I have been thinking a lot lately about breathing.

I think about it a lot anyway, since “mindful breathing” is so much at the center of both yoga practice and emotional stress relief techniques, and my work involves one or both of these every day.

But between the many days of smoky air this summer, and a cold I am still fighting as I write, I have been especially aware of how much I, at least, can take breathing itself for granted, not to mention the fresh, clean air that Oregonians enjoy more of than many people do, and which is so important to health.

I’ve also been interested in the growing number of personal accounts from people in our community about the benefits —some gradual, some rapid— experienced as a result of actually using the breathing skills learned in yoga, say, or in a community “Feeling Good” class. One person tells of the profound effects she has noticed on her long-time depression, not eliminating it completely, but very noticeably lightening her “baseline” mood level on a daily basis. Another tells of being able to literally breathe a severe headache away, by using one of the specific techniques she had learned.

And while there are plenty of tools and activities that relieve stress, isn’t it good to know and to (even more important:) remember that perhaps the most powerful of these (and the one that makes the others work anyway) is not something “out there” somewhere to buy or to do; it is literally as close as our own breath.

In addition to its benefits to mood and emotional stress, it turns out that deep, directed breathing has direct and powerful effects on cardiac function, brain function, digestion, and immune system  health— and maybe even the expression of genes (that last one I won’t go into here, but it’s pretty interesting stuff!).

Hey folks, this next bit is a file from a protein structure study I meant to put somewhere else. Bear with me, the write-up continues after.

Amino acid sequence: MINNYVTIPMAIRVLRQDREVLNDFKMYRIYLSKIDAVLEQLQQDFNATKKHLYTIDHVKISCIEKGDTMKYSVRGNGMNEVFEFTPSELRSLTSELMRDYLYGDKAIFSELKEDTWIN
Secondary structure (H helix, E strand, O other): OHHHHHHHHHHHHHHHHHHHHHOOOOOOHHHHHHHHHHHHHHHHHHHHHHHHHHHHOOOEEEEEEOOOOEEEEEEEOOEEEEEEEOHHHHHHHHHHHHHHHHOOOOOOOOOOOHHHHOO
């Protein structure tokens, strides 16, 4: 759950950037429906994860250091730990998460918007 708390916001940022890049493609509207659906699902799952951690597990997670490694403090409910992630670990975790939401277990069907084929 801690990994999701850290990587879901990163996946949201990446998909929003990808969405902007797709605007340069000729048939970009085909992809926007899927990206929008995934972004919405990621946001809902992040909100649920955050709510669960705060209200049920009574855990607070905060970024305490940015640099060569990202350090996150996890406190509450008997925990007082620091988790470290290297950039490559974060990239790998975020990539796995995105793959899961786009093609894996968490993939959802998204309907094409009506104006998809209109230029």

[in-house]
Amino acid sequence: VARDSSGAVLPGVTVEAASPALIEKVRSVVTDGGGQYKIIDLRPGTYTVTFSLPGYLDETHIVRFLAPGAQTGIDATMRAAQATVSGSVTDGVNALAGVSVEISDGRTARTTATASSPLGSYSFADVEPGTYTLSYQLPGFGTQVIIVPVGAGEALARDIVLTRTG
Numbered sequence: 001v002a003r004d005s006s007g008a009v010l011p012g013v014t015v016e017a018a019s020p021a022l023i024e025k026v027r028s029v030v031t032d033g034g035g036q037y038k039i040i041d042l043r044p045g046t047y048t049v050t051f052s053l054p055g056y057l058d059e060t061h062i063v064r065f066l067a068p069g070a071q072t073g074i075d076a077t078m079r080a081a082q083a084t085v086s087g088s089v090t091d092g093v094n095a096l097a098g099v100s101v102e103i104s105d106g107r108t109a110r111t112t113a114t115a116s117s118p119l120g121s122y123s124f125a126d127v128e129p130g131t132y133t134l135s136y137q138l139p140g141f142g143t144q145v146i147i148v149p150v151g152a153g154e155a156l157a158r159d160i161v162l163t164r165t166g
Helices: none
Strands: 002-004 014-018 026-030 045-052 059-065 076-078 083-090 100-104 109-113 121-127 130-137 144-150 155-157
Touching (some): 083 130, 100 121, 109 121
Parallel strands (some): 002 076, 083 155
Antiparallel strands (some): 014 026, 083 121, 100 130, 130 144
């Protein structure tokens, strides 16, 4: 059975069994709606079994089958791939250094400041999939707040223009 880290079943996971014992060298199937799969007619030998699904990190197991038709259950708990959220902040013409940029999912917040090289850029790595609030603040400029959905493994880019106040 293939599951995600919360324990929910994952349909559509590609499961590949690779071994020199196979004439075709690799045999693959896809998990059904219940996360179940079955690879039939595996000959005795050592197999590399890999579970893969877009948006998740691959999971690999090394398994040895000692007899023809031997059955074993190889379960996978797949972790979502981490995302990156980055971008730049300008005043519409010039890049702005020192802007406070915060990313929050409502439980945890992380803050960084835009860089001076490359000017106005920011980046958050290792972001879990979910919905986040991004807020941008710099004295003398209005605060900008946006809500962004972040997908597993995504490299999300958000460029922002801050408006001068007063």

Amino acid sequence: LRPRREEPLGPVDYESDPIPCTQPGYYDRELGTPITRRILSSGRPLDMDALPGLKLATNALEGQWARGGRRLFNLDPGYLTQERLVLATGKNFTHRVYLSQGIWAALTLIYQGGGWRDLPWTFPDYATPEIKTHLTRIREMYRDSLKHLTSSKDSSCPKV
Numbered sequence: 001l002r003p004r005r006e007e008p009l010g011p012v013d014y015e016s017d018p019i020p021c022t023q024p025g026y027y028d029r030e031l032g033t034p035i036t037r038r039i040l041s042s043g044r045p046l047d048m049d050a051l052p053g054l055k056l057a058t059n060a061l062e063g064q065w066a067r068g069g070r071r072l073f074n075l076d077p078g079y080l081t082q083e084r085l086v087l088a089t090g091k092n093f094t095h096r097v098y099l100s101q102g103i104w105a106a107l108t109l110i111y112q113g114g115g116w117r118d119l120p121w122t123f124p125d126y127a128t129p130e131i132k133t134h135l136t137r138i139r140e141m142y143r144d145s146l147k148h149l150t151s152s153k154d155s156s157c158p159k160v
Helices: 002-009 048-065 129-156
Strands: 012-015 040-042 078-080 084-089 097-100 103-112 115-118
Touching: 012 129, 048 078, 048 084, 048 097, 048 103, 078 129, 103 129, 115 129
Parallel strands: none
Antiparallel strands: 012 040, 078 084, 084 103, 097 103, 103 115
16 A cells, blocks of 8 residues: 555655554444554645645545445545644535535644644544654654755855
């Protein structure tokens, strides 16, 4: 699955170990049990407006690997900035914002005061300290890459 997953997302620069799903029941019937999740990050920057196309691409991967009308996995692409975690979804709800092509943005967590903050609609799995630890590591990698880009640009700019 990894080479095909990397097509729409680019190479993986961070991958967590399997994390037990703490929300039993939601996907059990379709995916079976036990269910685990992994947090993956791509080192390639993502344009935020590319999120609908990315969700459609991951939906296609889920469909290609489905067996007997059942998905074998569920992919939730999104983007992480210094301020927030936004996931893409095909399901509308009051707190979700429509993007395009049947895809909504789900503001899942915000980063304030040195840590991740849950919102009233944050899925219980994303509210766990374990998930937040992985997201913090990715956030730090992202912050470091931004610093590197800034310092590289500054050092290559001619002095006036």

According to a physician in the Cleveland Clinic’s Center for Integrative Medicine, numerous scientific studies have shown that people experiencing even such chronic and severe conditions as asthma, heart disease, and chronic obstructive pulmonary disease benefit from breathing practices, often to a profound degree.

But what western science and medicine are just now coming to understand and appreciate about the importance of breath work, eastern medicine systems (Chinese medicine and Indian Ayurveda, among others) have known for centuries. In yoga, practitioners regularly use “pranayama” (which literally means “control of the life force”) breathing as a tool for affecting both the mind and body. Certain breath techniques are energizing, others are relaxing, others affect our experience of pain; others support the harmonious operation of the various bodily systems keep us feeling “in balance.” There are literally scores of specific breathing practices which can be used for these or other specific purposes. Some of these can be learned on one’s own (with a book or cd, for instance); some are so powerful that it is best to work with a teacher or other experienced practitioner, to learn the right technique.

But more importantly, intentional breathing techniques can be used as a method to train the body’s reaction to stressful situations and dampen the production of harmful stress hormones. As described in an earlier column, this is because the way we breathe either stimulates and maintains the activation of our sympathetic nervous system (the “fight or flight” response which is activated by stress) or our . parasympathetic nervous system, which is the one that calms us down.

If you are over 60 or so, you may remember the book “The Relaxation Response”, which Harvard researcher Herbert Benson published in 1975. In the book Benson describes and demonstrates how short periods of meditation which focus on the breath can profoundly alter the body’s stress responses. While there has been a lot more research and many more books published on the topic since, Benson’s is probably still as good as any: easy to find, easy to read, and only more, not less, relevant in 2017!

Needless to say, breathing is not a cure-all to every medical and behavioral problem. But I would also argue that it is and excellent place to start with addressing any and all of them, given how powerful it is in influencing our immediate reactions and long-term well-being. And best of all, it’s free, and literally right there under your nose!



By Donna C Henderson

Donna Henderson lives on the banks of the Deschutes River in Maupin, Oregon, where she also practices psychotherapy, poetry, music, Reiki, and teaches yoga, among other things.

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